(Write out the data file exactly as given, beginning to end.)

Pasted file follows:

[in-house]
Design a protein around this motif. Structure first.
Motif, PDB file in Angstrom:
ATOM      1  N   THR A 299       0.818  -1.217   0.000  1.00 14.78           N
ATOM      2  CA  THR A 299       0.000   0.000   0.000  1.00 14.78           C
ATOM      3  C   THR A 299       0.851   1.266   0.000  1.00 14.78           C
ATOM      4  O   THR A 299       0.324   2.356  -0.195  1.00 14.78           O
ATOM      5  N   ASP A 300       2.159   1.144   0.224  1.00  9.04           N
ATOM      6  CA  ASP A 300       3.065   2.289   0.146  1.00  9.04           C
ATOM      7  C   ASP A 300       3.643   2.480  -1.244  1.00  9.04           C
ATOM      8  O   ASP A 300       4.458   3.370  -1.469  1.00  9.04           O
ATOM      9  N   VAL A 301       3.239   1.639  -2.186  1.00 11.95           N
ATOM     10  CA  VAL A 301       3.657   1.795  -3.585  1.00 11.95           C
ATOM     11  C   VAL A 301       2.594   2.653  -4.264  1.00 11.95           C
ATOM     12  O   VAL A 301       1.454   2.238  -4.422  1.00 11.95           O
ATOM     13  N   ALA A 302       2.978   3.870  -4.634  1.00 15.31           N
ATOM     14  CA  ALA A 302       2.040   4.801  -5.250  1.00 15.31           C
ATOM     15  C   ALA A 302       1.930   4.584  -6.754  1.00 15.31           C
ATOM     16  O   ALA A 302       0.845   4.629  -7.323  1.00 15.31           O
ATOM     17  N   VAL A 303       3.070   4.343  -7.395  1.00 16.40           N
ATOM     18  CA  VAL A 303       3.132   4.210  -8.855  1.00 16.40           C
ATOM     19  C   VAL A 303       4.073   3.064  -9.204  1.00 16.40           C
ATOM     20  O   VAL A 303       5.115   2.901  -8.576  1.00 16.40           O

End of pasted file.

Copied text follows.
[in-house]
Design a protein around this motif. Structure first.
Motif, PDB file in Angstrom:
ATOM      1  N   THR A 299       0.818  -1.217   0.000  1.00 14.78           N
ATOM      2  CA  THR A 299       0.000   0.000   0.000  1.00 14.78           C
ATOM      3  C   THR A 299       0.851   1.266   0.000  1.00 14.78           C
ATOM      4  O   THR A 299       0.324   2.356  -0.195  1.00 14.78           O
ATOM      5  N   ASP A 300       2.159   1.144   0.224  1.00  9.04           N
ATOM      6  CA  ASP A 300       3.065   2.289   0.146  1.00  9.04           C
ATOM      7  C   ASP A 300       3.643   2.480  -1.244  1.00  9.04           C
ATOM      8  O   ASP A 300       4.458   3.370  -1.469  1.00  9.04           O
ATOM      9  N   VAL A 301       3.239   1.639  -2.186  1.00 11.95           N
ATOM     10  CA  VAL A 301       3.657   1.795  -3.585  1.00 11.95           C
ATOM     11  C   VAL A 301       2.594   2.653  -4.264  1.00 11.95           C
ATOM     12  O   VAL A 301       1.454   2.238  -4.422  1.00 11.95           O
ATOM     13  N   ALA A 302       2.978   3.870  -4.634  1.00 15.31           N
ATOM     14  CA  ALA A 302       2.040   4.801  -5.250  1.00 15.31           C
ATOM     15  C   ALA A 302       1.930   4.584  -6.754  1.00 15.31           C
ATOM     16  O   ALA A 302       0.845   4.629  -7.323  1.00 15.31           O
ATOM     17  N   VAL A 303       3.070   4.343  -7.395  1.00 16.40           N
ATOM     18  CA  VAL A 303       3.132   4.210  -8.855  1.00 16.40           C
ATOM     19  C   VAL A 303       4.073   3.064  -9.204  1.00 16.40           C
ATOM     20  O   VAL A 303       5.115   2.901  -8.576  1.00 16.40           O